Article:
September 2020 bestsllers

The past month has been tough for the bookshop – as for many businesses. But it’s still with a spring in our collective step that we highlight the bestsellers for last month. At the top of the pile there’s a welcome return for Bettina Chua Abdullah’s brilliant anthology, Telltale Food (Hikayat), a fine collection of writing about food and much else. In the runner’s-up slot comes The Legacy and Heritage of Loke Chow Kit, Junn Ng and Ch’ng Symn’s recent study of the life and the architectural significance of the man after whom the famous central district of KL is named. Because we ran a bookstall at the recent Jazz on the Jetty concerts, music-themed books feature strongly. Making a surprise return to the top ten are two fine books from Marco Ferrarese: Banana Punk Rawk Trails, his inimitable study of the music underground in Malaysia and beyond; and his collection of off-beat, leftfield travel writing, Marco Yolo (both from Gerakbudaya). It must be the month of combacks because Saidah Rastam’s beautifully written Rosalie and Other Love Songs (SIRD) reappears – a fine study of the provenance of Negaraku and much more besides. Billie Holiday’s Lady Sings the Blues (Penguin Books) is a searing memoir of the Lady’s life, struggles and artistry. Another great African-American woman, the non-pareil Toni Morrison, also features with her profound and necessary collection of late essays Mouth Full of Blood (Vintage Books). Haruki Murakami‘s excellent collection of short stories, Men without Women (also from Vintage Books) makes a first appearance. For the second month running Robert Macfarlane’s The Gifts of Reading (Penguin Books) finds a place at the top table, an elegant and impassioned tribute to the world of books and of course the act of reading. The top ten is rounded off with Liberate Hong Kong (Mekong Review), a first-hand account of the year-long democracy movement which now faces draconian repression from the Chinese state. Happy reading.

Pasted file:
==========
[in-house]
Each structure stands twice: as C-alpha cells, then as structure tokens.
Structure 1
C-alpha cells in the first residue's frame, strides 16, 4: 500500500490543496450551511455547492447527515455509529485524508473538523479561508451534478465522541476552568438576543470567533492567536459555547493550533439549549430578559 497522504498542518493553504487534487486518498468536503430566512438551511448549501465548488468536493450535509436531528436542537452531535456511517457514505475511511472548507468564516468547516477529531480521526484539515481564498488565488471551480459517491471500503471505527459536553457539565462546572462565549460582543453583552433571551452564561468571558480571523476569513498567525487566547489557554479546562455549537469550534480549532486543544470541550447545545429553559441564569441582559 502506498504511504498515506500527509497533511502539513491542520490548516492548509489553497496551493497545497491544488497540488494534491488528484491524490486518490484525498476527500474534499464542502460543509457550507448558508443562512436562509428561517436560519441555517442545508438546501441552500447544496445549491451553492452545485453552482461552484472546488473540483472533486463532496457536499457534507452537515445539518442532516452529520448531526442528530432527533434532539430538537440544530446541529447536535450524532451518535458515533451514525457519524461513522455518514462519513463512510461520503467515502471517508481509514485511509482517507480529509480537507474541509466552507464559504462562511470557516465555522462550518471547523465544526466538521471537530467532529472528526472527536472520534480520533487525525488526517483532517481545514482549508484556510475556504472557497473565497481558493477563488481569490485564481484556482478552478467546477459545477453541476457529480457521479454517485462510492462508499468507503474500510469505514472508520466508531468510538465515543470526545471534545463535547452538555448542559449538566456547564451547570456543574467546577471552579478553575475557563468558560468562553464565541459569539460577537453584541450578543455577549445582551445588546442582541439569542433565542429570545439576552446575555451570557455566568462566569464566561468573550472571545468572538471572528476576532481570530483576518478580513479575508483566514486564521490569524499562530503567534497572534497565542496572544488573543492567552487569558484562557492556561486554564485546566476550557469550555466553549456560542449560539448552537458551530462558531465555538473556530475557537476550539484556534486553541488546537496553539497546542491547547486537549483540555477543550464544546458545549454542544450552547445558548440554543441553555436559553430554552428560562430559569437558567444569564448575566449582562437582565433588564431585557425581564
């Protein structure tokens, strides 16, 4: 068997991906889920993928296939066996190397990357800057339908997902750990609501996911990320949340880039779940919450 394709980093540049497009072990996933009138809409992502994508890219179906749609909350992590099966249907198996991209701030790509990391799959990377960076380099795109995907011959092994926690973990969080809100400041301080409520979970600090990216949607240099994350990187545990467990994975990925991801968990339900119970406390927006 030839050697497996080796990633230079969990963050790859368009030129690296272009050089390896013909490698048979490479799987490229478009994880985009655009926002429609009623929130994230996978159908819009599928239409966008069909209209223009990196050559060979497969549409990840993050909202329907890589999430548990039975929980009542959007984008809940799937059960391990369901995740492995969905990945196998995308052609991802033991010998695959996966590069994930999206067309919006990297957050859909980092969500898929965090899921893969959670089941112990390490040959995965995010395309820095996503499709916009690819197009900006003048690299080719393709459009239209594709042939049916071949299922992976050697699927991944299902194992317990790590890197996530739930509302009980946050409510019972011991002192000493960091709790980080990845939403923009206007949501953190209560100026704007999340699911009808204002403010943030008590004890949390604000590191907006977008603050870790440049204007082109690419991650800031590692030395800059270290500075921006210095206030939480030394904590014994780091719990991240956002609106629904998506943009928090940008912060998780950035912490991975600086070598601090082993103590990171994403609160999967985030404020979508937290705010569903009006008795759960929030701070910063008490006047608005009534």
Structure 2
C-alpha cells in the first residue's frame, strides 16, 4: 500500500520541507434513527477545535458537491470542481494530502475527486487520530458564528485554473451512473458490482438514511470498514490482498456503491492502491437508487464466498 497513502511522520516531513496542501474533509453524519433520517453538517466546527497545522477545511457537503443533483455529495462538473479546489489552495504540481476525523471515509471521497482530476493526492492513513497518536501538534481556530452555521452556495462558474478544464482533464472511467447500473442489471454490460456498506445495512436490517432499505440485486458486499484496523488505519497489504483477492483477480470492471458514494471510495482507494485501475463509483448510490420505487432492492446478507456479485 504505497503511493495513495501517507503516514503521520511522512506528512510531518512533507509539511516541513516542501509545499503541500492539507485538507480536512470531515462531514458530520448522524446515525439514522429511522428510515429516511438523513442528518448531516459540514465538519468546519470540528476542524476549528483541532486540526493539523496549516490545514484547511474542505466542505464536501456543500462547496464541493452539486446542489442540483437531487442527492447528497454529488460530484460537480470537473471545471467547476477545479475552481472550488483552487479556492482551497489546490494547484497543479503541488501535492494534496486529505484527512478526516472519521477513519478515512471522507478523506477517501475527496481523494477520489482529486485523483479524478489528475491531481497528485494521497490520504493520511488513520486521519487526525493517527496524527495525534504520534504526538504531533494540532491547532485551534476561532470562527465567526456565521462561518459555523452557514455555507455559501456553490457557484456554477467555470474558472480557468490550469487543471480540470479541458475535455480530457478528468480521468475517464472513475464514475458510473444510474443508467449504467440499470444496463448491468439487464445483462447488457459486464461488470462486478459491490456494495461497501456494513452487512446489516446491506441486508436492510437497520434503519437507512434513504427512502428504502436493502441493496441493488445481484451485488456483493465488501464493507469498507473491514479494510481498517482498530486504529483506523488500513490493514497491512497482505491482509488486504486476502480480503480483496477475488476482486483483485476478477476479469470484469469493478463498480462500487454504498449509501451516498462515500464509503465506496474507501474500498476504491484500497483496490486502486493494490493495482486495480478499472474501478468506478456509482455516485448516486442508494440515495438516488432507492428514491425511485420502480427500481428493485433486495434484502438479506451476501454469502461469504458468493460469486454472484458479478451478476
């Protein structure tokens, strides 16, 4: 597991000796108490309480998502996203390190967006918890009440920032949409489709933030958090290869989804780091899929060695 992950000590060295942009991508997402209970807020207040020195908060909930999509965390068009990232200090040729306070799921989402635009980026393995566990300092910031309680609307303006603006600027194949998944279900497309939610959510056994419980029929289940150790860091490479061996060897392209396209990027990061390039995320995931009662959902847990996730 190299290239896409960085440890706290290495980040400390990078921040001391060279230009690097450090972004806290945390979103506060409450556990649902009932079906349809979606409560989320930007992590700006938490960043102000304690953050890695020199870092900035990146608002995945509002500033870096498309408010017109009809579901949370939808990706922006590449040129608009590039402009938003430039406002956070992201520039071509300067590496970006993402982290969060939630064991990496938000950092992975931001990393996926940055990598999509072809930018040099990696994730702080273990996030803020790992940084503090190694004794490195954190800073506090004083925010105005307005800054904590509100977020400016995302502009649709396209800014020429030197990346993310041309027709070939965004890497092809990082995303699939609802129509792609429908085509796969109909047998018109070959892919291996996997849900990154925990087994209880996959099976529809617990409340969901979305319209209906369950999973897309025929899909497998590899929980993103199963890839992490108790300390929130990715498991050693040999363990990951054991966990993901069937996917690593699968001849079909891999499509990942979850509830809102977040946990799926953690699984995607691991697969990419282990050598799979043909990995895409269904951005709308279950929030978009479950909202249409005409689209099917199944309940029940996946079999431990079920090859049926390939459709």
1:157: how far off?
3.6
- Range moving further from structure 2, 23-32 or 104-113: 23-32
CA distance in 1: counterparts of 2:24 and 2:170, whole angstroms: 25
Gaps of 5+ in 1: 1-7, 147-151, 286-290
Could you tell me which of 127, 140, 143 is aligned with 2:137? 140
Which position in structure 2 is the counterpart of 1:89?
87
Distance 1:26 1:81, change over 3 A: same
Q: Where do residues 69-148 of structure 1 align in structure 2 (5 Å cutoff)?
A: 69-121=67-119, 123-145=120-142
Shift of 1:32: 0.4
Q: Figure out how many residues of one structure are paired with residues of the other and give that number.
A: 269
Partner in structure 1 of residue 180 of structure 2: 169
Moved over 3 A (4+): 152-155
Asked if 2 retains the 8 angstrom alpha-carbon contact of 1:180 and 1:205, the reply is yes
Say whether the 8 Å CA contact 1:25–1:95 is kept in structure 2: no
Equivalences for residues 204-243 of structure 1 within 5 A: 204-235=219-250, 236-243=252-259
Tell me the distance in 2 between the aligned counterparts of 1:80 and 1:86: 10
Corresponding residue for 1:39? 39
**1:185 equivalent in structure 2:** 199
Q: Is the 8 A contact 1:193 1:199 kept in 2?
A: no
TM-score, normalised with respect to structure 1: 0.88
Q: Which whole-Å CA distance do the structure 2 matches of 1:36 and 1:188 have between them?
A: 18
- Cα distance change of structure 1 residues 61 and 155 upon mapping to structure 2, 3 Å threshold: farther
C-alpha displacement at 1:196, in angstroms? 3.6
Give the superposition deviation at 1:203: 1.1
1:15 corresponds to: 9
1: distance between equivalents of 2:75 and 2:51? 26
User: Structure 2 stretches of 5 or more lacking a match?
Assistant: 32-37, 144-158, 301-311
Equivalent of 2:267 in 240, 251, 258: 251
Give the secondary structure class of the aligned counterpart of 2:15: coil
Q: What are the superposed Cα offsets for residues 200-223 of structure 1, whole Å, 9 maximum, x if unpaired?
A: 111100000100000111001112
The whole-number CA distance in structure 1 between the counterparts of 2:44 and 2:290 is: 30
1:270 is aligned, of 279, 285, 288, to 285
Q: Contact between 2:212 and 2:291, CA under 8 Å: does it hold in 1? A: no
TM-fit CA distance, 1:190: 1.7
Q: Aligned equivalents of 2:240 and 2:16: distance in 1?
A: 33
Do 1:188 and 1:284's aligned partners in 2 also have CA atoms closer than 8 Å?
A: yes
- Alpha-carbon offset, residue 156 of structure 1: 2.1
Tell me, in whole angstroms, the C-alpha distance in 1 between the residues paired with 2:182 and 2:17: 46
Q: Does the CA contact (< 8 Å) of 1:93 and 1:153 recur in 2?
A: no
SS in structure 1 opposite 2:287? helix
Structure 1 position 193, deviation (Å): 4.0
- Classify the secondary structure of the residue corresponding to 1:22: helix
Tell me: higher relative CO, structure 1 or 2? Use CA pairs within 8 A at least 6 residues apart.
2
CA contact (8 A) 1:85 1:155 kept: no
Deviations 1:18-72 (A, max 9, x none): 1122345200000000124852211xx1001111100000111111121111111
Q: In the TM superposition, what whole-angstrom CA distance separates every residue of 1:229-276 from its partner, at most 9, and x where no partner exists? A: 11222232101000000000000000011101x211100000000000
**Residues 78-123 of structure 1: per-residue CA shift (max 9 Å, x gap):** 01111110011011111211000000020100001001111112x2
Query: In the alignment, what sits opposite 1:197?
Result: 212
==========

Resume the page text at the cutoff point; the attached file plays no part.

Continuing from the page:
Charis Loke
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